On Our Radar: Queer Brands Pushing the Boundaries of Fashion

Connor Duszynski

July 6, 2022

From Gianni Versace to Zac Posen, queer designers have always been at the forefront of fashion, sharing their visions and creativity with the world. While there is still a long way to go to make the industry fully inclusive, there are a number of up-and-coming designers we have on our radar. They are quickly establishing their brands as trendsetting and boundary-pushing, and many have already broken through to a mainstream audience. Whether it’s Kim Kardashian and Rihanna wearing the creations of Ludovic de Saint Sernin, or Patrick Church’s well-received collaboration with queer icon Amanda Lepore, a number of queer brands are garnering recognition from A-list celebrities and stylists alike. The brands below are ones that we anticipate to continue growing over the next few years, in part due to their ability to share their work via social media and capitalize off of their significant followings. Their work will further propel queer voices to the center of discussions around fashion.

Design by Ludovic de Saint Serin | Photographed by Pierre-Ange Carlotti

Ludovic de Saint Sernin

Recognizing a need to “return to beauty,” Ludovic de Saint Sernin, Creative Director and Founder of his eponymous brand, perfectly-timed the debut of his Spring-Summer 2018 collection during a time when everything else in fashion seems to be mass-produced. Straying from the norm, Saint Sernin recognizes the importance of creating pieces that feel and look special, custom, and sensual. Saint Sernin founded the label in 2017, after two years as an embellishment expert at Balmain. The Paris-based designer creates pieces for both men and women, without any specific gender in mind. The beauty of Ludovic de Saint Sernin, or LdSS, is that people of all genders can feel equally sexy and beautiful in their creations. Despite only debuting their initial collection a few short years ago, the brand has already been featured at both the Men’s and Women’s Paris Fashion Weeks, most recently at the Fall-Winter 2022 show last March, which featured runway “it girls” Bella and Gigi Hadid. While LdSS is well known for creating luxury underwear for men, the label continues to branch out with ready-to-wear pieces of jewelry, accessories, and swimwear, as well as made-to-order custom pieces. Saint Sernin’s “Crystal Mesh Lace-Up Top” and “Golden Shadow Crystal Mesh Lace-Up Dress” were standouts of the runway in Paris.

While I hate comparing labels – especially as Ludovic de Saint Sernin is certainly a standalone success – their craftsmanship and attention to detail is most comparable to that of Dior. From the choices in materials, textiles, textures, patterns, and accessorizing of the pieces, LdSS is made to last. What is perhaps most notable about the label is their close relationship with their ateliers, who state: “The majority of the clothes and accessories are made in France, and sustainable practices are always closely followed, consciously shortening the supply chain and maintaining a close relationship with all ateliers.”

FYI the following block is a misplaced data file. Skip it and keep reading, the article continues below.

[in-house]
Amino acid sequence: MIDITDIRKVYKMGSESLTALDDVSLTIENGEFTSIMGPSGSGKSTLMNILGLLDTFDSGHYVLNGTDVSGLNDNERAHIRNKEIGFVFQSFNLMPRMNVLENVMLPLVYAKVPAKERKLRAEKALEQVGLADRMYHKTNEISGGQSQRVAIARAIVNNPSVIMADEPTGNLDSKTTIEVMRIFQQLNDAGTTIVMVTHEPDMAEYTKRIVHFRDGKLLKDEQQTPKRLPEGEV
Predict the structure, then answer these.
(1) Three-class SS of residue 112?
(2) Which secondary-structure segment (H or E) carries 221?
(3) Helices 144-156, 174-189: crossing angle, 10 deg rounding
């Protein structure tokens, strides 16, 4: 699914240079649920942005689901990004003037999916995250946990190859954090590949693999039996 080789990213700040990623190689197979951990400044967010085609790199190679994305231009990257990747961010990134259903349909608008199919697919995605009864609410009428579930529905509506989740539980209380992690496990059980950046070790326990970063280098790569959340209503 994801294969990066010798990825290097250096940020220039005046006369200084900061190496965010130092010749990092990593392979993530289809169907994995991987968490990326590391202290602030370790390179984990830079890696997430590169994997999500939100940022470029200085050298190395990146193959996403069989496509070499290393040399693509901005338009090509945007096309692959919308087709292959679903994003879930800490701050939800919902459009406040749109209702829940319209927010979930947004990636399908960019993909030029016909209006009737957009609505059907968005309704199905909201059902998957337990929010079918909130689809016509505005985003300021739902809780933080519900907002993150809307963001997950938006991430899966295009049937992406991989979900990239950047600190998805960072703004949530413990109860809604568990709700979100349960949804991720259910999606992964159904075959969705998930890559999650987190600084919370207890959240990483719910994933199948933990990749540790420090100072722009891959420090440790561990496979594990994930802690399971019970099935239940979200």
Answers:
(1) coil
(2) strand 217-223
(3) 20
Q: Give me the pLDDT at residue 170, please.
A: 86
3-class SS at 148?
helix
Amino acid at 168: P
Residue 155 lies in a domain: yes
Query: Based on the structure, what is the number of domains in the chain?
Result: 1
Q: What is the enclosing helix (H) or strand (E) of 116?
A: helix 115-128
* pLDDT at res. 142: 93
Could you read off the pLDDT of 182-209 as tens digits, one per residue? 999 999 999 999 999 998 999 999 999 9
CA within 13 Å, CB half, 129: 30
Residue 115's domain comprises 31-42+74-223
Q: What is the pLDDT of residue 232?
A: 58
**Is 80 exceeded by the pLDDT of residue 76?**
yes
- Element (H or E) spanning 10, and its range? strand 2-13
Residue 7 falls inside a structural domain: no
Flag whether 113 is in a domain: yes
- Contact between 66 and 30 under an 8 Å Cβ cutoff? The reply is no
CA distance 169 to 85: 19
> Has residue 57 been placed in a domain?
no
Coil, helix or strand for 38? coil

From left to right: Design by Charles De Vilmorin, photography by Chloe Le Drezen. Design by Ludovic de Saint Serin, photography by Pierre-Ange Carlotti. Painting by Charles de Vilmorin. Designs by Patrick Church, photography courtesy of brand. Rihanna, wearing Ludovic de Saint Serin, photo courtesy of brand. Salt Murphy designs, photographed by Mikey Whyte.

The playfulness of the brand, which regularly features ready-to-wear leather, lace-up accents, and cropped tanks further elevates its sex appeal. In this way, LdSS redefines masculinity through fashion, playing a careful game of hide-and-seek with precisely placed cutouts, sheer fabrics, and distressed ensembles. This balancing act oozes sensuality. However, all this being said, the brand isn’t “in your face” at all. It’s effortless, relaxed, and sensible in its sexiness. It isn’t trying to be what it’s not. I can only say that as I wait to see what comes next from LdSS, whether it’s on my Instagram feed or stomping down the runway of Paris Fashion Week, I’ll be waiting with anticipation.

Patrick Church, photo courtesy of brand.

Patrick Church

Gay. Like, super gay in the best way. That’s perhaps the first thought that comes to mind when I think of designer Patrick Church and his brand. Frankly, amongst a fashion landscape that is overdone and hyper-saturated with the same kinds of looks, patterns, and designs, Patrick Church is a breath of fresh air. His work is instantly recognizable and distinctly original. It’s his own creation and his alone. Patrick Church is not only a designer, but an artist. His artistic ability is evident through his designs, which feature his original drawings, paintings, and motifs plastered across his collections. At present, Church is perhaps best-known for his “All Over You” and “Get In Line” motifs, which are reminiscent of the kind of graphic, pop art works of Andy Warhol and Leigh Bowery. Given his additional work in home decor, fine art, and the Patrick Church Studio, it’s clear that Church’s intention is to create walking, living art through his fashions.